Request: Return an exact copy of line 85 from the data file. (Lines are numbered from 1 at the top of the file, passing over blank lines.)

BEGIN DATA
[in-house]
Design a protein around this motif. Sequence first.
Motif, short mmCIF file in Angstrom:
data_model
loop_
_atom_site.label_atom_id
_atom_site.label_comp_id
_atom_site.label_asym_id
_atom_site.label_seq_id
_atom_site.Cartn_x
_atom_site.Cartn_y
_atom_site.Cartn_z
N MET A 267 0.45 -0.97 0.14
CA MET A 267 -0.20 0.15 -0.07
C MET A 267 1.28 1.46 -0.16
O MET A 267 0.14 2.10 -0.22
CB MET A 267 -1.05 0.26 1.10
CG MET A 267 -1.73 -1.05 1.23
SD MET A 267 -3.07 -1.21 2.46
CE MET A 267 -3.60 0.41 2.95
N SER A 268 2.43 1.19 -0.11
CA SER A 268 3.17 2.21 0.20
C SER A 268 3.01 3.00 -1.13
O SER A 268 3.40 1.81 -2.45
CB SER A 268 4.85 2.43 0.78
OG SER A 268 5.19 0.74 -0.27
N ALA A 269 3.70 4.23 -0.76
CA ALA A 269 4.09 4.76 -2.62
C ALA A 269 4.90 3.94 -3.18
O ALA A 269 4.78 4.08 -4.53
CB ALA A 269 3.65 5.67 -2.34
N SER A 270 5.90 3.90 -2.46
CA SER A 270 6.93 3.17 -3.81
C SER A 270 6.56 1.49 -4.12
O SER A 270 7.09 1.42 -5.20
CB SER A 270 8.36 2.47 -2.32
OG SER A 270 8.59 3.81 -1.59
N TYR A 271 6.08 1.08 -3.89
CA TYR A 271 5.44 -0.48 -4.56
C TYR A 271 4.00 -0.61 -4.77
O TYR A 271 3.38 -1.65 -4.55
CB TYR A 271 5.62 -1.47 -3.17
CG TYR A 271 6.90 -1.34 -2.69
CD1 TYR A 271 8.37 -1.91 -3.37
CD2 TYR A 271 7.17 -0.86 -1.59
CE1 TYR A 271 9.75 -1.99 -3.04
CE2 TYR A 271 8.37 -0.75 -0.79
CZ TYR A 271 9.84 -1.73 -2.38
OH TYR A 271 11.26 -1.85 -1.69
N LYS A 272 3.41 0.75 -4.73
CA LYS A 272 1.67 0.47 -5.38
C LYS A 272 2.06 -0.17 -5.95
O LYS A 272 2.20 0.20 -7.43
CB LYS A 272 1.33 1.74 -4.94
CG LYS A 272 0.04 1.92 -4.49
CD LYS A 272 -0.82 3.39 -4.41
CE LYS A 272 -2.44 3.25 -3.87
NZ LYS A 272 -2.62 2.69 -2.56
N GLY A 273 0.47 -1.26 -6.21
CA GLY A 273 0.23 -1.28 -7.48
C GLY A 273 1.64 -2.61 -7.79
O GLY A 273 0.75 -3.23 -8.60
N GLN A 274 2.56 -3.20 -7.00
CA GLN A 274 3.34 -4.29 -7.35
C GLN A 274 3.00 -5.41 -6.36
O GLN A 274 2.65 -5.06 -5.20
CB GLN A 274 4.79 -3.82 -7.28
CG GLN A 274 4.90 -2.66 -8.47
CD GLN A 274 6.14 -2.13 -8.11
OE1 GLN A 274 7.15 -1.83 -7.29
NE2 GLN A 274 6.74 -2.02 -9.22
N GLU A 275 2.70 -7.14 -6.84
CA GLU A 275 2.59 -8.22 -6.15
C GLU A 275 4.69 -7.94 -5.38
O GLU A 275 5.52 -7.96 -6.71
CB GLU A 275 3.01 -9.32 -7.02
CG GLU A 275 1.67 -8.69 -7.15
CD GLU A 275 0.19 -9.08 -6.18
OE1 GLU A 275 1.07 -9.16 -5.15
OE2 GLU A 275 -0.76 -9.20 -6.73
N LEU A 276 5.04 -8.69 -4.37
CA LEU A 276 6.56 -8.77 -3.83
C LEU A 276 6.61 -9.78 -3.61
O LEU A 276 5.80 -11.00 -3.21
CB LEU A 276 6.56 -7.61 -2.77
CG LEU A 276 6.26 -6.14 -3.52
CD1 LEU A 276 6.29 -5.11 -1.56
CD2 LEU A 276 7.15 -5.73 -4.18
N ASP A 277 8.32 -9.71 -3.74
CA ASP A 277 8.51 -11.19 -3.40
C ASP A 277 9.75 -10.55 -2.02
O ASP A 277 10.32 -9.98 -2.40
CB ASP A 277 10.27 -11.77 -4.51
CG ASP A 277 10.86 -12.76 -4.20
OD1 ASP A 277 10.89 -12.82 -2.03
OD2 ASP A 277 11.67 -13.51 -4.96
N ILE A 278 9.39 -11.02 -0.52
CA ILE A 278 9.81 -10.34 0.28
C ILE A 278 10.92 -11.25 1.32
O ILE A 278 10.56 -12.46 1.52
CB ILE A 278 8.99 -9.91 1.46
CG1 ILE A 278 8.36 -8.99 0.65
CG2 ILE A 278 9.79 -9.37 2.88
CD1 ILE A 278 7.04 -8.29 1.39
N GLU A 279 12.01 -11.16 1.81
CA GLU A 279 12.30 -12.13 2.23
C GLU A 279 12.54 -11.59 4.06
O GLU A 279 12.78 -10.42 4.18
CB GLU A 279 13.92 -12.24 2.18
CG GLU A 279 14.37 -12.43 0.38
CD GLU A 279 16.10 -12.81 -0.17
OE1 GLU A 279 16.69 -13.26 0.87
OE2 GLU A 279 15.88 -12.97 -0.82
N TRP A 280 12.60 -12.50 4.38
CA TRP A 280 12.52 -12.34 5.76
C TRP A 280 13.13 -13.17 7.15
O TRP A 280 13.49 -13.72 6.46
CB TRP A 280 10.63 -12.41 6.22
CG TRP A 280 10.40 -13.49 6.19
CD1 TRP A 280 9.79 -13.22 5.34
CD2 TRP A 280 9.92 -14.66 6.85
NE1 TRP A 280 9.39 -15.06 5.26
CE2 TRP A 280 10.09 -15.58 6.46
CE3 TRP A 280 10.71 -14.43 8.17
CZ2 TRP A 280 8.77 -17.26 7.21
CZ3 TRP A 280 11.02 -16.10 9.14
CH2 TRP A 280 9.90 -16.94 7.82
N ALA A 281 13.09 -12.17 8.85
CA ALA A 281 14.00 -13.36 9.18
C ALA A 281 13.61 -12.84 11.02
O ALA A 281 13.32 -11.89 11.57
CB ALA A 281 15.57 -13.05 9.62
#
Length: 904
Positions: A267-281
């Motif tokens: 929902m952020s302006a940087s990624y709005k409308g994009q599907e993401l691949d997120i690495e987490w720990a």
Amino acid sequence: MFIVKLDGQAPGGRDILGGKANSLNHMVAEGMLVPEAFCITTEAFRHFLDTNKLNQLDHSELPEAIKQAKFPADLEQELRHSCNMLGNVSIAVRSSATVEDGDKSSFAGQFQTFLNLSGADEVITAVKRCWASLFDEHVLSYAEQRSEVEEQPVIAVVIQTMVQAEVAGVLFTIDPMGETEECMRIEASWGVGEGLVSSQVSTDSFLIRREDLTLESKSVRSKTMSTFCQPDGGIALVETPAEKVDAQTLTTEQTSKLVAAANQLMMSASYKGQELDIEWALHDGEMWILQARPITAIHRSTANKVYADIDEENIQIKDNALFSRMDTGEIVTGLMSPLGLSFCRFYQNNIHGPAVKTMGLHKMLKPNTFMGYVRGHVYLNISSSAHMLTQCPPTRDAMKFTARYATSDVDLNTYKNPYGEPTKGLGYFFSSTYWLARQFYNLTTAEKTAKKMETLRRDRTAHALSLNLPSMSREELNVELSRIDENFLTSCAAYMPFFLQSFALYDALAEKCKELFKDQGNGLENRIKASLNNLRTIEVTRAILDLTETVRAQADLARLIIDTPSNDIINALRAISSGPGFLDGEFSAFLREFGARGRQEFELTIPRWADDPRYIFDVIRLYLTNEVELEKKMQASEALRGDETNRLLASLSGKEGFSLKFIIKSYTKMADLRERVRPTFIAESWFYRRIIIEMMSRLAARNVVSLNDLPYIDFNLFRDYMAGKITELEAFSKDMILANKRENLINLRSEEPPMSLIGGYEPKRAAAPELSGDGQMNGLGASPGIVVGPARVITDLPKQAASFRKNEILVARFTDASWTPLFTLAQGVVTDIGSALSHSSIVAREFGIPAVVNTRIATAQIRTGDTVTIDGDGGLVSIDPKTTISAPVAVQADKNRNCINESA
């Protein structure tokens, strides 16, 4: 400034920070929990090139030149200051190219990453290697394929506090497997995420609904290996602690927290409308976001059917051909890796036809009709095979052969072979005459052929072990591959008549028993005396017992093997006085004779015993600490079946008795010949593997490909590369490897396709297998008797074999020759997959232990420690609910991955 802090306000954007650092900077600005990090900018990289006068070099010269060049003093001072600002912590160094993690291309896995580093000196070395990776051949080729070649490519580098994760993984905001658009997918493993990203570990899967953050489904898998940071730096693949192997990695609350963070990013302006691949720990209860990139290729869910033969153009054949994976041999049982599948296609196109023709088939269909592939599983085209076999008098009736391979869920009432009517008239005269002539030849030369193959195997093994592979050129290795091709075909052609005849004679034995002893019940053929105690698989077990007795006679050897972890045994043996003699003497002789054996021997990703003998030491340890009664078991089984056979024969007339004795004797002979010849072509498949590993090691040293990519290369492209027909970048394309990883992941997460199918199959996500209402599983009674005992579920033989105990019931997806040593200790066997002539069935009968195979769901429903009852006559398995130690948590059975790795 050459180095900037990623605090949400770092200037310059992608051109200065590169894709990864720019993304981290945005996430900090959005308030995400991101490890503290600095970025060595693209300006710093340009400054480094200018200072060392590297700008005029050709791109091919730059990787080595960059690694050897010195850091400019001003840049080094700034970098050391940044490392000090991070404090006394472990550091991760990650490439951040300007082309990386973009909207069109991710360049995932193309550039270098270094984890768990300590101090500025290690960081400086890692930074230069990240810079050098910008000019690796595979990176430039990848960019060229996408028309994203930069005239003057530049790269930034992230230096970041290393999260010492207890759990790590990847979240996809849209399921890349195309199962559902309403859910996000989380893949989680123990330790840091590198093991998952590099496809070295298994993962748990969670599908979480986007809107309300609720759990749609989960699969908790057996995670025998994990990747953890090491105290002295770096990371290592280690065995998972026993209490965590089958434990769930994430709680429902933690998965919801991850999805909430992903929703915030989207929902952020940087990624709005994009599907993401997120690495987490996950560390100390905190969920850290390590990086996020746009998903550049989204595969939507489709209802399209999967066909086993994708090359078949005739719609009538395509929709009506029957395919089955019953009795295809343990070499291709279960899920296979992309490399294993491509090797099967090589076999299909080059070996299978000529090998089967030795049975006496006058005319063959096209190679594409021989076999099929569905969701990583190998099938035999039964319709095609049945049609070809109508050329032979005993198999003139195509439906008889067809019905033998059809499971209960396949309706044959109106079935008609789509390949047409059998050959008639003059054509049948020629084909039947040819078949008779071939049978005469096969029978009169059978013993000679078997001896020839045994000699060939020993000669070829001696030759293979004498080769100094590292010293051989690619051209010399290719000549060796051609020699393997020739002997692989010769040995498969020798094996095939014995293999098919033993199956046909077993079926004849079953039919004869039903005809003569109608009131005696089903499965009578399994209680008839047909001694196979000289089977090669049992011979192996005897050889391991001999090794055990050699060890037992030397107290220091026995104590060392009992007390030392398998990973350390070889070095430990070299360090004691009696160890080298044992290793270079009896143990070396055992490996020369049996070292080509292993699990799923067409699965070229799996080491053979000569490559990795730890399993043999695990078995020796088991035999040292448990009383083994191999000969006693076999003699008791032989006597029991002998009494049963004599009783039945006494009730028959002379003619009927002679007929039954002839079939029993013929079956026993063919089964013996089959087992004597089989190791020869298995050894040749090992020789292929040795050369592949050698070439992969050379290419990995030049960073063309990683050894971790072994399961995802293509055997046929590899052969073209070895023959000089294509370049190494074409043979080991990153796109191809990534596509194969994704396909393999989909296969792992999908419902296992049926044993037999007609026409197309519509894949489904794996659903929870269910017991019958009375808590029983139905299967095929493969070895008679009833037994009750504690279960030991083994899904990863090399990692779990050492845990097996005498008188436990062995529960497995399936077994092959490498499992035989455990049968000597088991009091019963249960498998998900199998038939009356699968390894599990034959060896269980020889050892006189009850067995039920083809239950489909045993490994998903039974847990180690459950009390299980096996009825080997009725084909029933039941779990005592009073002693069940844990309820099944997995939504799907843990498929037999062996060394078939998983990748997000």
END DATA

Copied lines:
CB LEU A 276 6.56 -7.61 -2.77